Schuyler Esprit, PhD, is Program Officer at The University of the West Indies, Open Campus, and director of the Create Caribbean Research Institute at Dominica State College; scholar of Caribbean literature and cultural studies; and DH project and training leader at the K-12 and College levels, including linking US and Dominican students.

Crystal Felima, PhD, is the CLIR Postdoctoral Fellow in Caribbean Studies Data Curation at UF. She consults with researchers and scholars on emerging trends and best practices in DH, data curation, and e-scholarship in Caribbean Studies.*

Mirerza González, PhD, is Director of the English Department and Assistant Dean for Student Affairs in the College of Humanities at the University of Puerto Rico, co-founder of The Diaspora Project, exploring migration, bilingual education, and communication in St. Croix, USVI, with oral histories and other materials presented with DH methods and tools.

Margo GroenewoudMargo Groenewoud PhD is assistant professor at the University of Curaçao Dr. Moises da Costa Gomez and researcher in the NWO project Traveling Caribbean Heritage (2018-2021). As social historian she specializes in the twentieth century Dutch Caribbean, with a particular interest in civil society, social justice, citizenship, cultural heritage, cultural identity, and the decolonization of education. She has been the driving force behind the development of the Dutch Caribbean Digital Platform and of building the open access Dutch Caribbean Heritage Collection within that platform. Withing the Traveling Caribbean Heritage program, one of her research topics is the future of Dugital Humanities in the Dutch Caribbean.* 

 

 

 

 

Melissa JeromeMelissa Jerome, MS, is Project Manager for the Florida & Puerto Rico Digital Newspaper Project (FPRDNP), responsible for overall project management, including overseeing outreach and publicity efforts for the public and specifically for teachers and classes.

 

 

 

 

Debbie McCollin, PhD, is Lecturer in the History Department at The University of the West Indies, St. Augustine, Trinidad and Tobago. She has taught a Digital History course since 2012. Her most recent co-edited publications is World War II and the Caribbean (UWI Press 2017).

Brittany MistrettaBrittany Mistretta is a Ph.D. candidate at the University of Florida and Florida Museum of Natural History (FLMNH), specializing in archaeology and working towards certificates in Museum Studies and Digital Humanities. Her research focuses on zooarchaeological methods to examine the dynamic relationship between people in the Caribbean and their environments during pre-contact periods. She was recently awarded the FLMNH Bullen Award for Student Excellence in Circum-Caribbean Anthropology Research for her work on Grenada prehistory, Caribbean ritual, and digital exhibit design. She is also part of a collaborative team working with the Mt. Rich Youth Culture and Environmental Development Organization in Grenada to 3D print Amerindian petroglyphs affiliated with Mt. Rich Carib Stone Interpretation Center as mechanisms for sharing local knowledge and providing economic opportunities.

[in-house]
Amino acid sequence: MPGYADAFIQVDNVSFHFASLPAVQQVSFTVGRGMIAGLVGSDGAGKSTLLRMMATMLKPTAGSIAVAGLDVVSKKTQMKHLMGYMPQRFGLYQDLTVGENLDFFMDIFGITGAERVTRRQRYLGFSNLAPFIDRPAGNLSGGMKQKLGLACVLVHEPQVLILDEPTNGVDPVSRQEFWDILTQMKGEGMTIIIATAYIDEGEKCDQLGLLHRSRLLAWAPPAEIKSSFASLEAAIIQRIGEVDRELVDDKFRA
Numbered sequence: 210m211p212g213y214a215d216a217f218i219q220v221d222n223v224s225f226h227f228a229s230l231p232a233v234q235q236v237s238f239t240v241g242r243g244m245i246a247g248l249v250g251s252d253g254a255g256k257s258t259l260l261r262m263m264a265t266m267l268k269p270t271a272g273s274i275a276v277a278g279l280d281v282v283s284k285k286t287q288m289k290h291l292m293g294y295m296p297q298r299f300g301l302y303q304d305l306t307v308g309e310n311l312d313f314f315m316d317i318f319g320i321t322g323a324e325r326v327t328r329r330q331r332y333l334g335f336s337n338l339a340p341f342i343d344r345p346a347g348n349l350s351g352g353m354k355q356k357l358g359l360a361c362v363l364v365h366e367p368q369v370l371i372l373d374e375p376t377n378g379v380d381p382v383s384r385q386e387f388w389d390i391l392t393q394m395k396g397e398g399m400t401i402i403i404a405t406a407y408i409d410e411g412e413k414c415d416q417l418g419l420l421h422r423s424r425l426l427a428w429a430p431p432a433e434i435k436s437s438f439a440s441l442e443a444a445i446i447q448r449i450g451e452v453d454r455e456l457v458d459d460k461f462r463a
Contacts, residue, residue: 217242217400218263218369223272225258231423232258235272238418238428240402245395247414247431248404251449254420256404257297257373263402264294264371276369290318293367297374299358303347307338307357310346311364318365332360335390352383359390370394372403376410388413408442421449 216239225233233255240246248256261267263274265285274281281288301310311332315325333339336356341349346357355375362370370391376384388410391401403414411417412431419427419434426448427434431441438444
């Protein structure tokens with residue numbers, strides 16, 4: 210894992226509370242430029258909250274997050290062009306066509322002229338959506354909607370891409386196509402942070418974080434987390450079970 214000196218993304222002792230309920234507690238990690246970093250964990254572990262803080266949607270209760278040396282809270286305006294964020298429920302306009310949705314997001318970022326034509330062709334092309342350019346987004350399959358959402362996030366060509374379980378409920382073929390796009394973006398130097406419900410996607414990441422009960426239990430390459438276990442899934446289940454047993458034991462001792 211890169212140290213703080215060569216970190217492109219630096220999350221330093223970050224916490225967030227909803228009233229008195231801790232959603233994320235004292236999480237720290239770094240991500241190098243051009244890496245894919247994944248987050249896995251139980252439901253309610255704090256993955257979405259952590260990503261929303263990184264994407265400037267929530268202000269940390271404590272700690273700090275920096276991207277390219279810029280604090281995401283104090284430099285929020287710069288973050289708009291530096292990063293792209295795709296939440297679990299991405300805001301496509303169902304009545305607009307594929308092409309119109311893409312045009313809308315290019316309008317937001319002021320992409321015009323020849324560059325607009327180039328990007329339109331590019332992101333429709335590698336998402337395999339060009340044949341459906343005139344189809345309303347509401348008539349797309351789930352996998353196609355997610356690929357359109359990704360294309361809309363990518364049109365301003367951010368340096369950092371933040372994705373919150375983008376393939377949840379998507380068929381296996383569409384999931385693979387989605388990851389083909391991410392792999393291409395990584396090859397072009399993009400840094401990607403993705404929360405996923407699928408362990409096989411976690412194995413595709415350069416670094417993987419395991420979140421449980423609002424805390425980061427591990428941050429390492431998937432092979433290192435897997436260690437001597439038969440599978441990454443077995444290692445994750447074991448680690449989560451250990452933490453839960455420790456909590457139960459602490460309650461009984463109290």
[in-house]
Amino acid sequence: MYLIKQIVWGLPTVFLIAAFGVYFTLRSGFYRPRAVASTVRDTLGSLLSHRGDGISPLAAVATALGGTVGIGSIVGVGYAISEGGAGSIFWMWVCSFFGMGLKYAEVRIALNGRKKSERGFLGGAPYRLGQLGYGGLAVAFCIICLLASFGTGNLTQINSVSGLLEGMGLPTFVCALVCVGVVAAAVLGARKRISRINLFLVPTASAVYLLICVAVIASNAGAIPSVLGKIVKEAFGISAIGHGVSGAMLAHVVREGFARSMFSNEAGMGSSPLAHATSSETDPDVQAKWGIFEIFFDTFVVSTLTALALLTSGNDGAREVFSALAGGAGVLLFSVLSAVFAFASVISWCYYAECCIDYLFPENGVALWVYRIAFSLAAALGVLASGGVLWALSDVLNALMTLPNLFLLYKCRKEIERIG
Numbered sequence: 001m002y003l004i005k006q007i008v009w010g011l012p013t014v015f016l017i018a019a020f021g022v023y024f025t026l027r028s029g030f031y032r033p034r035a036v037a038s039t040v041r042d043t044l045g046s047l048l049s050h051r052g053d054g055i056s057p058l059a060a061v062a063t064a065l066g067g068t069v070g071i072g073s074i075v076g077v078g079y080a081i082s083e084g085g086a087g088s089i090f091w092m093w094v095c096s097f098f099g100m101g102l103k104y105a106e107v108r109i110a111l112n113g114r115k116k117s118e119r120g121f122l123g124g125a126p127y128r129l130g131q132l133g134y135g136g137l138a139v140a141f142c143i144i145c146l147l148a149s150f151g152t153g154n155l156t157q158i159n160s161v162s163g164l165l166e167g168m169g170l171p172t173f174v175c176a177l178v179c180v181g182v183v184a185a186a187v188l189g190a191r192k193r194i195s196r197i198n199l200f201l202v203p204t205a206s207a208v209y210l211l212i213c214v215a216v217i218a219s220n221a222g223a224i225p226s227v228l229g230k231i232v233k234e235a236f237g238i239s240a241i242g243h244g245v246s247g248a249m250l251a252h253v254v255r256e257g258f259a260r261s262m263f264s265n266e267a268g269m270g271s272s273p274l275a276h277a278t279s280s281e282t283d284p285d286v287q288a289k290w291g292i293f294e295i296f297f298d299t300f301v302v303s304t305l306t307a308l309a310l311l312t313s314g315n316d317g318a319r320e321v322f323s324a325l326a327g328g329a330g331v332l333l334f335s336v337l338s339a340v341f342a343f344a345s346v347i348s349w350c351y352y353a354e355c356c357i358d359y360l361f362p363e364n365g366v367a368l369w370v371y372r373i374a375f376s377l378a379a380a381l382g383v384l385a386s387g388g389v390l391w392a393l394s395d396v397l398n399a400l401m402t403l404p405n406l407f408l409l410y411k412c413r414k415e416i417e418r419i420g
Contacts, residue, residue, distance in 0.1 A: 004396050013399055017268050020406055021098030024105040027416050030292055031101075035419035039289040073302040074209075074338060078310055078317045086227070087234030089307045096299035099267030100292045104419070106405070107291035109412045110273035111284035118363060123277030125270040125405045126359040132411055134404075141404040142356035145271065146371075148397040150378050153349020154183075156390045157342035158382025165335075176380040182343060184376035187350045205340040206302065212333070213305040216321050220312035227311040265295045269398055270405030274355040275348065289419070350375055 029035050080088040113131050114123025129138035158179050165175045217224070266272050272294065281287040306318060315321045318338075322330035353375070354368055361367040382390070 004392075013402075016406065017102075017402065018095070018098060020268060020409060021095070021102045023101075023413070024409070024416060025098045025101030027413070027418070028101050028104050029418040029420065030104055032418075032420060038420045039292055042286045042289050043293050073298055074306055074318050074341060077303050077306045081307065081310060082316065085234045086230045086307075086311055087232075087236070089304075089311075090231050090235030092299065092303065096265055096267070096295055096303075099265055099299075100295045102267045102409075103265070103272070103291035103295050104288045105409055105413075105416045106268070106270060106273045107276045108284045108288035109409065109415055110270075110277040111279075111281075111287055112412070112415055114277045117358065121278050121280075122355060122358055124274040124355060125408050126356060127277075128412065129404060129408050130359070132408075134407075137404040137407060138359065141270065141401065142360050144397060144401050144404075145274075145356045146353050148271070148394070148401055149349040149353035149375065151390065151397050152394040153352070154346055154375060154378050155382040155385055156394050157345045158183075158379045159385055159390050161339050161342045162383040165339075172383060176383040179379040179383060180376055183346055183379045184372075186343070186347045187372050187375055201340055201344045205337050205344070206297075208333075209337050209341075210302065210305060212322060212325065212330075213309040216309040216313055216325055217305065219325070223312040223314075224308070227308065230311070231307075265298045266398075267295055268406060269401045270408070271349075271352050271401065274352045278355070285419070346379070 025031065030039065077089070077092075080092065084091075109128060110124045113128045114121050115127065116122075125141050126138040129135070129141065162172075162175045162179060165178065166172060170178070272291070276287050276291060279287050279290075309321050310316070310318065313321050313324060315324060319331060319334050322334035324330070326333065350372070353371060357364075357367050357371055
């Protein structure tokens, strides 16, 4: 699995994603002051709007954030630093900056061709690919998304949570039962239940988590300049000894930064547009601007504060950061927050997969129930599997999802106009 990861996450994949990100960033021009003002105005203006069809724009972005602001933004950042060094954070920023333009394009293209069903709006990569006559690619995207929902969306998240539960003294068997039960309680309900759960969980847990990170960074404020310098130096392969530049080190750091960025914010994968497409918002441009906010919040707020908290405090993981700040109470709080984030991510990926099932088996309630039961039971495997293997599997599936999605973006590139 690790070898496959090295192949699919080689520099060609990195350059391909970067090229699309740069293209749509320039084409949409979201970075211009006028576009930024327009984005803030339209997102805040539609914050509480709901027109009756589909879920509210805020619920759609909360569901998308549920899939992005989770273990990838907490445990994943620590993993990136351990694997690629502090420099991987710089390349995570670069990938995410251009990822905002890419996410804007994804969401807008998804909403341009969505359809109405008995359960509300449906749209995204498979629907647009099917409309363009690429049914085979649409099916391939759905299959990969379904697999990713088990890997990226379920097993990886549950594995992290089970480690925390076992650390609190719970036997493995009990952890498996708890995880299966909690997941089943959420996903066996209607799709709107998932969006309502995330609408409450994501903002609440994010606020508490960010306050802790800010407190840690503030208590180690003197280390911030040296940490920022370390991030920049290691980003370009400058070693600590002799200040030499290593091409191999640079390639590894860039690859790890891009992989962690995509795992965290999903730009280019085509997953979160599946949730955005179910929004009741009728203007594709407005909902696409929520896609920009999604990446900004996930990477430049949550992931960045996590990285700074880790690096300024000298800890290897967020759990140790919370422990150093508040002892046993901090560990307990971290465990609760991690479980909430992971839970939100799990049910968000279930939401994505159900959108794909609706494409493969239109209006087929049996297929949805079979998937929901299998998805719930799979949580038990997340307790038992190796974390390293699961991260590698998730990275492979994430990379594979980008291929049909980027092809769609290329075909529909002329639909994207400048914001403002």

Mary Risner, EdD, develops and manages initiatives that integrate area studies across the curriculum. She has taught various K–16 levels and corporate environments. Her research focuses on emerging technologies for intercultural competence and foreign language skills for the workplace.*

Nadjah RiosNadjah Ríos Villarini received her doctorate and master’s in Linguistic Anthropology from the University of Texas at Austin. Currently she works as a full professor at the University of Puerto Rico, College of General Studies. Vieques manos al arriba! [Vieques hands up!] is her recent short film that explores the musical traditions of calypso and steel drums in the island municipality of Vieques. The documentary is based on ethnographic interviews with musicians, singers, and bandleaders of Calypso, who trace hypotheses about the arrival of this music to Vieques. She has documented carnivals in Puerto Rico and the US Virgin Islands.  More recently, she is working with the digital platform Caribbean Diaspora: Panorama of Carnival Practices. This projects is an initiative to document, preserve and provide access to primary and secondary sources related to human mobility and carnival dynamics in the Caribbean. 

 

 

 

 

 

 

Hadassah St. HubertHadassah St. Hubert, Ph.D. is currently the CLIR Postdoctoral Fellow in Data Curation for Latin American and Caribbean Studies with the Digital Library of the Caribbean (dLOC) at Florida International University. She received Ph.D. in History from the University of Miami and her dissertation, Visions of a Modern Nation: Haiti at the World’s fairs, focuses on Haiti's participation in World’s Fairs and Expositions in the twentieth century. Hadassah served as the Assistant Editor for Haiti: An Island Luminous, a digital humanities site dedicated entirely to Haitian history and Haitian studies. An Island Luminous pairs books, manuscripts, newspapers, and photos digitized by libraries and archives in Haiti and the United States with commentary by more than 100 authors at 75 universities around the world.  As a Postdoctoral Fellow with dLOC, she leads programming and digitization efforts in collaboration with dLOC’s partners, such as Diaspora Vibe Cultural Arts Incubator (DVCAI) and L’Institut de Sauvegarde du Patrimoine National (ISPAN) in Haiti. In this cooperative project, she also provides training and expert technical assistance to DVCAI and ISPAN in its digitization efforts. She is the liaison and historian for DVCAI’s Institute of Museum and Library Services (IMLS) grant for African American History and Culture.

Margarita Vargas Betancourt, PhD, is UF’s Latin American & Caribbean Special Collections Librarian, LACCHA’s award-winning webinar series co-organizer, archivist collaborator on Caribbean DH courses, and Director of an ARL Fellow for Digital & Inclusive Excellence.*

 


NEH

This Institute has been made possible in part by the National Endowment for the Humanities: Exploring the human endeavor

Any views, findings, conclusions, or recommendations expressed in this Institute, do not necessarily represent those of the National Endowment for the Humanities.

ABOUT THE NATIONAL ENDOWMENT FOR THE HUMANITIES

Created in 1965 as an independent federal agency, the National Endowment for the Humanities supports research and learning in history, literature, philosophy, and other areas of the humanities by funding selected, peer-reviewed proposals from around the nation. Additional information about the National Endowment for the Humanities and its grant programs is available at: www.neh.gov.